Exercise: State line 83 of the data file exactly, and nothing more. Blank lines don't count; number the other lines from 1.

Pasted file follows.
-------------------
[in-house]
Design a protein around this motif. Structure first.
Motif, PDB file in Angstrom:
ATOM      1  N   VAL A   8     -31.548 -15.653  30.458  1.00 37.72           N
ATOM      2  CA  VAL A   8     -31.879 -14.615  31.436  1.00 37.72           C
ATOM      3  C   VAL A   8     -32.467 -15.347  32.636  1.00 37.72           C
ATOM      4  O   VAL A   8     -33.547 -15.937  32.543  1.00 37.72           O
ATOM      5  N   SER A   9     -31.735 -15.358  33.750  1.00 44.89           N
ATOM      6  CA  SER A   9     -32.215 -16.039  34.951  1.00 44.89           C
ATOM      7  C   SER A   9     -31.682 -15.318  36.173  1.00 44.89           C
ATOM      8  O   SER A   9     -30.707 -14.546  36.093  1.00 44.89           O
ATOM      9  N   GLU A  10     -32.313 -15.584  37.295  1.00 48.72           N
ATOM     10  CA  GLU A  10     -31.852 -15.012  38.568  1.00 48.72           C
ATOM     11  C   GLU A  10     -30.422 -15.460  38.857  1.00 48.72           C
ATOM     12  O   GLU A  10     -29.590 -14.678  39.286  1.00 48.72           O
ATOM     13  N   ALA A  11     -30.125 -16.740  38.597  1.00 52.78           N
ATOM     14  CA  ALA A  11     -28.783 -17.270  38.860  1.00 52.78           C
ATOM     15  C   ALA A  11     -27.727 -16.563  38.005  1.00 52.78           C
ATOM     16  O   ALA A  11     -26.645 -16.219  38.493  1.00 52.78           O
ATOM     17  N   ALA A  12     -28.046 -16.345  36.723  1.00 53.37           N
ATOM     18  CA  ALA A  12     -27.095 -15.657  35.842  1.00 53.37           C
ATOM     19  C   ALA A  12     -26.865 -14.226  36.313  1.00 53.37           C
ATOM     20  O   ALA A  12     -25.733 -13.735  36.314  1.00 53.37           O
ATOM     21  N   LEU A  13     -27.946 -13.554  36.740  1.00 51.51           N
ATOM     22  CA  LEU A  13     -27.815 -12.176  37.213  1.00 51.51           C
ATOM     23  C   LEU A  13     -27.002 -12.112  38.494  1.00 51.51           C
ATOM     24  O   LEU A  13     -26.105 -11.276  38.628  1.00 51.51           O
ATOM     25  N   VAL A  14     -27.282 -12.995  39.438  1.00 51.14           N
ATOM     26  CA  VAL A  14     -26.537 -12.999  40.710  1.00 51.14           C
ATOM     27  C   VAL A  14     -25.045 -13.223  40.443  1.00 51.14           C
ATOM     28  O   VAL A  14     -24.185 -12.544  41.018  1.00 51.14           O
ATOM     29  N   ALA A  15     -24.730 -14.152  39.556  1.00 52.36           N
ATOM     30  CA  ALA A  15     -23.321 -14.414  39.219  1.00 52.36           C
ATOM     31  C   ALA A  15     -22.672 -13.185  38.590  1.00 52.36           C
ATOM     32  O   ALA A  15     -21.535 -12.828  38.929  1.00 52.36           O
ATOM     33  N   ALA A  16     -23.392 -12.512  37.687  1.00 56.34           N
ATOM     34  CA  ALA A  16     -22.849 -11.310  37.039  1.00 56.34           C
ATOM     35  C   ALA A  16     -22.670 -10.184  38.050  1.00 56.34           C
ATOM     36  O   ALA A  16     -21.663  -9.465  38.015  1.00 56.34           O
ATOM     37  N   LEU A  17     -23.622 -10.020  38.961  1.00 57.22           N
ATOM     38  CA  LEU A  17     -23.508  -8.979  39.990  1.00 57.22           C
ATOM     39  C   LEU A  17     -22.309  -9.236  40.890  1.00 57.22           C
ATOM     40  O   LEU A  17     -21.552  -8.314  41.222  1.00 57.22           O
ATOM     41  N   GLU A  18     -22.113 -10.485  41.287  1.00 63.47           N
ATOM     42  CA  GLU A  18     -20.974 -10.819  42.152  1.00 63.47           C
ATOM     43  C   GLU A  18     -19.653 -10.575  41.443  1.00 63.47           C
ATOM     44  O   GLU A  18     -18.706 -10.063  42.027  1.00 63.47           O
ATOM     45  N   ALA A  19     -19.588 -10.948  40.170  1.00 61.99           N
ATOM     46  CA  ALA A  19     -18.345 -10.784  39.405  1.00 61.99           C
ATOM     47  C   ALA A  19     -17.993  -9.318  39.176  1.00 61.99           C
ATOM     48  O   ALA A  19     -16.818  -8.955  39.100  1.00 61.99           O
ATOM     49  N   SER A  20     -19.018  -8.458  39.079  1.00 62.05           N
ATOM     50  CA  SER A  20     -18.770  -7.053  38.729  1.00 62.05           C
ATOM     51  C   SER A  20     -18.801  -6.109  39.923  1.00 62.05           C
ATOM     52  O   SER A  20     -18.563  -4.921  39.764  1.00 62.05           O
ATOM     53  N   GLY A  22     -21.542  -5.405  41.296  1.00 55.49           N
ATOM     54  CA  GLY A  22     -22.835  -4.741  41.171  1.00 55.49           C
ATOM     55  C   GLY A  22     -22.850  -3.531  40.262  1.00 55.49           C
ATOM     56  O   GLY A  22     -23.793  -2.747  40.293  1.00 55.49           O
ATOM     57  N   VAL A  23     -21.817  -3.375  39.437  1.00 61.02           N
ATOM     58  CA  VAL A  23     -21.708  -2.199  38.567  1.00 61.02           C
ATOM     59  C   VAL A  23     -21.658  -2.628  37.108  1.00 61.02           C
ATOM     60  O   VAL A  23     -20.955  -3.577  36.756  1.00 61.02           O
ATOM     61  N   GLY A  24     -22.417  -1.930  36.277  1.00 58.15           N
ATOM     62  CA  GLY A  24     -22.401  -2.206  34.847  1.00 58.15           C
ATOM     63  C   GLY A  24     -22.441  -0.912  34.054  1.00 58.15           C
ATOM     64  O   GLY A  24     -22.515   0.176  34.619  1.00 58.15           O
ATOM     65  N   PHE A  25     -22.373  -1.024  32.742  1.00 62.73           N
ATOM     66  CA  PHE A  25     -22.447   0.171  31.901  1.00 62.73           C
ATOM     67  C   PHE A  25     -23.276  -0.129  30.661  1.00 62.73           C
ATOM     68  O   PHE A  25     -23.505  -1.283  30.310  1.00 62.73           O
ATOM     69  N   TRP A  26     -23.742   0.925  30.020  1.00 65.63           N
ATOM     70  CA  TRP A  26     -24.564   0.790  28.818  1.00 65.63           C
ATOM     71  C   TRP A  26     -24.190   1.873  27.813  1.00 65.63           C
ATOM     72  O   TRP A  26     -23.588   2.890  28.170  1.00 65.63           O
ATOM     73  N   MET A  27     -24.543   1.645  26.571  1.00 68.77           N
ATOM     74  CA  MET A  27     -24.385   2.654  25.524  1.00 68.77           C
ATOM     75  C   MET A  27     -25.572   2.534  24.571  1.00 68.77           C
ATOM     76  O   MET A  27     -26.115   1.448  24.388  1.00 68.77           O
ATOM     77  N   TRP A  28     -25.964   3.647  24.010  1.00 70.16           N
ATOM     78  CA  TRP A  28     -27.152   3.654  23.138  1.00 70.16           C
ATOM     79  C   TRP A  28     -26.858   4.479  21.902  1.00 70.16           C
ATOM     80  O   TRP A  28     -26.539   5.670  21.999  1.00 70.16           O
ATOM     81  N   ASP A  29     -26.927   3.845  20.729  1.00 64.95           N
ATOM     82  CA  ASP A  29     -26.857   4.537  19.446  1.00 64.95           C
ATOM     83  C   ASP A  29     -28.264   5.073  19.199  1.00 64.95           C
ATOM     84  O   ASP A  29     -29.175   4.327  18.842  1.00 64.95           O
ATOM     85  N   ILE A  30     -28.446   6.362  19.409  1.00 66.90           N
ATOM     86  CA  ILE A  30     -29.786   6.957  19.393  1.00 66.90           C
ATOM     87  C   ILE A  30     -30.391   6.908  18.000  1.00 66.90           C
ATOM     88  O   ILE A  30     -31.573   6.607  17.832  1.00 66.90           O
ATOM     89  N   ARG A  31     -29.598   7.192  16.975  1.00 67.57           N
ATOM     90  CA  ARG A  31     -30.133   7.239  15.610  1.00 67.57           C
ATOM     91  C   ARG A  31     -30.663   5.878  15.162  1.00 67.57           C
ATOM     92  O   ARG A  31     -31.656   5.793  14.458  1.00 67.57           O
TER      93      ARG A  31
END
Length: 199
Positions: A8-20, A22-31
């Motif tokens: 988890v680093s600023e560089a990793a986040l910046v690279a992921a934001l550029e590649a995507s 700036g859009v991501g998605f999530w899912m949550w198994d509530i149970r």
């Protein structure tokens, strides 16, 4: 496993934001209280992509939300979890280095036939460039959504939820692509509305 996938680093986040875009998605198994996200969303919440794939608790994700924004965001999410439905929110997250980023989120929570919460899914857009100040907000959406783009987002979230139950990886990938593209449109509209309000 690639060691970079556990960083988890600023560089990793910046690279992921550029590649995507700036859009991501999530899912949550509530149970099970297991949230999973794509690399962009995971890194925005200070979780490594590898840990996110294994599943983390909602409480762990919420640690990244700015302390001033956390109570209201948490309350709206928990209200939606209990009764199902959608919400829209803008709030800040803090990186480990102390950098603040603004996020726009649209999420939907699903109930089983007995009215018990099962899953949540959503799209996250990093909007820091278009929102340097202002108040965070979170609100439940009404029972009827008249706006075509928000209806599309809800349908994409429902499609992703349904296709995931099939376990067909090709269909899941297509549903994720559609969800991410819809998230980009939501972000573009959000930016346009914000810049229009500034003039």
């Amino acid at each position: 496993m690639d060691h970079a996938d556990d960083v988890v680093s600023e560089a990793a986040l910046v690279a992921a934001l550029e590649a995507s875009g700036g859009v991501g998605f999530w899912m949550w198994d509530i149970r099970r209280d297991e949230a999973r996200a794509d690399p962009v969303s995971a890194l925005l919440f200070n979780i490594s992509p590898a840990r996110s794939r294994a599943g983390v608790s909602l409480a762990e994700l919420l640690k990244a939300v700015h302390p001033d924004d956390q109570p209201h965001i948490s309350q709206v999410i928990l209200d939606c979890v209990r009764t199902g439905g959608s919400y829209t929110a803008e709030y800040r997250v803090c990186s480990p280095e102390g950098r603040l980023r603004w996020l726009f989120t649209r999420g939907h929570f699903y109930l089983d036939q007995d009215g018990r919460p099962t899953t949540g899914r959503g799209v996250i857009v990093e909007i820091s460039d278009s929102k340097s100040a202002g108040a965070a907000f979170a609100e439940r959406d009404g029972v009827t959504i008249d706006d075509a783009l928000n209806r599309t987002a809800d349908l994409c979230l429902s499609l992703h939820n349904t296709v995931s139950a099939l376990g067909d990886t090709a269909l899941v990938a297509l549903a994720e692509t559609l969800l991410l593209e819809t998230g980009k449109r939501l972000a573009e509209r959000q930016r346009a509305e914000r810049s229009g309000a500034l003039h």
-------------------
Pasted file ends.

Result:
ATOM     80  O   TRP A  28     -26.539   5.670  21.999  1.00 70.16           O